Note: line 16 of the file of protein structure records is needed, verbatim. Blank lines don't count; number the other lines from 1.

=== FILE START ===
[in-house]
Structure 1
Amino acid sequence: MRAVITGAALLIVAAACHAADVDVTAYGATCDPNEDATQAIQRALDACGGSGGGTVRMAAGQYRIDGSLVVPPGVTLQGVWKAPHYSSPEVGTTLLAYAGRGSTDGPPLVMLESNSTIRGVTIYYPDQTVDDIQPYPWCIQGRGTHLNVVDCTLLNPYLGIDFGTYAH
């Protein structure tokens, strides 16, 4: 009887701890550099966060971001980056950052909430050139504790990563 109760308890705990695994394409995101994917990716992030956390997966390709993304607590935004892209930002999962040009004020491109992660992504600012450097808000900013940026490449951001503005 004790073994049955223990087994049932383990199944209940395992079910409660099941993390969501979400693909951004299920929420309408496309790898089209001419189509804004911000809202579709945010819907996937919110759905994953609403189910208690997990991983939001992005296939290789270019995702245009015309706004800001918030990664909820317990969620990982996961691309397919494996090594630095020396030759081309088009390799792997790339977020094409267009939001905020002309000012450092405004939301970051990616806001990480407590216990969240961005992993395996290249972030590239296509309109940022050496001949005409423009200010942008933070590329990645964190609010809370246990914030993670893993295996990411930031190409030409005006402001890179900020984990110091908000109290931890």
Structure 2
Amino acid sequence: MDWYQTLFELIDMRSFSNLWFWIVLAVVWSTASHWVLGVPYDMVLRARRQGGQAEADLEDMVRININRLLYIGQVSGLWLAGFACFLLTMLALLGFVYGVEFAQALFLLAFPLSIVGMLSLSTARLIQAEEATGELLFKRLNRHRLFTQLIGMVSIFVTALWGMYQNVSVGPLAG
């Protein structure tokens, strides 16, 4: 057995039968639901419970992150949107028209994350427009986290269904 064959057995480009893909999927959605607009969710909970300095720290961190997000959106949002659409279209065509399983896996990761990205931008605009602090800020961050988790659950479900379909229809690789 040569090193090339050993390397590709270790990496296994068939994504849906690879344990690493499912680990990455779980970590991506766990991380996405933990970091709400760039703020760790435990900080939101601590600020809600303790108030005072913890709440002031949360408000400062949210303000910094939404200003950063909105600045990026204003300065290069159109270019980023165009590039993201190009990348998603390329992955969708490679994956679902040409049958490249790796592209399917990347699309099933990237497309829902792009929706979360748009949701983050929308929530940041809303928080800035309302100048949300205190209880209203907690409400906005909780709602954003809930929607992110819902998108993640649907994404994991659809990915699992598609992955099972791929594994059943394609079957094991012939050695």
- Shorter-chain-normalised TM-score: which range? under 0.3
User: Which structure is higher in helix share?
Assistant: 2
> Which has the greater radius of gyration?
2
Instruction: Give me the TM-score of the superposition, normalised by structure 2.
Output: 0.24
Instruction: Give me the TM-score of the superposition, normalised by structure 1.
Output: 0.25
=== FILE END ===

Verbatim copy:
Output: 0.25